Japan to Impose Tighter Restrictions on Foreign Investment

Companies subject to new limits . . . 

Japan’s Ministry of Finance announced a list of 518 firms that will be subject to stringent regulations in terms of inbound investment. The changes will take full effect on June 7. The new legislation requires investments to have prior approval from the government if a foreign investor gains even a one per cent share of a company in 12 strategic sectors, such as defence, utilities, and telecommunications. The previous legislation did not require any pre-screening unless foreign investors took a more than 10 per cent stake in strategic companies. Additionally, the ministry released another list of 1,584 companies that do not require pre-screening but do require the government to be notified. Amid the COVID-19 pandemic, Japan also plans to include pharmaceuticals and advanced medical equipment to its list of strategic sectors.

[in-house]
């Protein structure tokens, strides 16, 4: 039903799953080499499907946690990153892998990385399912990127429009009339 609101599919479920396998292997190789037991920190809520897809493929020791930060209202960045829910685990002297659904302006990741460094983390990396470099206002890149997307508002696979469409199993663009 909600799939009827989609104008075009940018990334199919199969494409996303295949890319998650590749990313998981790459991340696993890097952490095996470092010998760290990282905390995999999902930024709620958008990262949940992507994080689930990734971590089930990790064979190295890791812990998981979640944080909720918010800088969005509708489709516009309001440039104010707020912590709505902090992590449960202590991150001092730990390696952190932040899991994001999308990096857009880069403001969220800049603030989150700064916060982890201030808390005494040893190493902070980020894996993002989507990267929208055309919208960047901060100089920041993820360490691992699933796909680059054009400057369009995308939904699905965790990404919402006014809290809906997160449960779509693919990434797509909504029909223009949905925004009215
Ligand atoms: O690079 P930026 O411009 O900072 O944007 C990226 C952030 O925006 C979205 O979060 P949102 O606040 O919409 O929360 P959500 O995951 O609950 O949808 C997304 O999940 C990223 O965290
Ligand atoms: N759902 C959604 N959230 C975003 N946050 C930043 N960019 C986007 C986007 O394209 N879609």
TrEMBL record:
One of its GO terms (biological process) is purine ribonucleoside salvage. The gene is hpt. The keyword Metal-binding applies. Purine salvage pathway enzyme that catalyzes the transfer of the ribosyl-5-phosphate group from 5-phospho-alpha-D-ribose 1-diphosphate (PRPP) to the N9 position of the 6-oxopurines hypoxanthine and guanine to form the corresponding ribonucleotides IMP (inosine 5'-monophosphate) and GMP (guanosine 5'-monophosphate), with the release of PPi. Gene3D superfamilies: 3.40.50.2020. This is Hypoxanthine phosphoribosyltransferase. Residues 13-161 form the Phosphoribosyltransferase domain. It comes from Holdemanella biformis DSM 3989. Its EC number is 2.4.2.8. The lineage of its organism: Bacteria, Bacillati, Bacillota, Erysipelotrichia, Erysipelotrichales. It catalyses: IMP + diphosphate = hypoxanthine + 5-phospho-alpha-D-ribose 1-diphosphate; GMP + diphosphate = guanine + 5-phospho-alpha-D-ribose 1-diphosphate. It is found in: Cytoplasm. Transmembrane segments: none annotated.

Why is Japan tightening foreign investment?

Japan’s move to impose tighter restrictions on foreign investment is not new: in 2017 and 2019, Japan tightened its national security review mechanisms for inbound investments to ensure control over critical sectors. The economic repercussions caused by the pandemic have also made many firms vulnerable to foreign acquisitions at cheaper prices, and Chinese firms have made moves to acquire assets around the world at discounted prices. In order to curb the ongoing wave of Chinese firms’ buyouts, Japan has made this move to protect its critical and strategic firms.

Global trend emerging around foreign investment . . .

Despite the G20’s commitment to keeping trade and investment open during the COVID-19 crisis, some other countries are placing restrictions on inbound investment. Japan’s stringent regulations on foreign investment follow similar steps taken by Australia, Canada, India, the U.S., and some European nations, allowing greater scrutiny by governments of foreign ownership in industries that are deemed critical to national security. As the pandemic continues to damage economies, de-globalization is accelerating, with tougher regulations on inbound investment becoming an increasingly popular tool.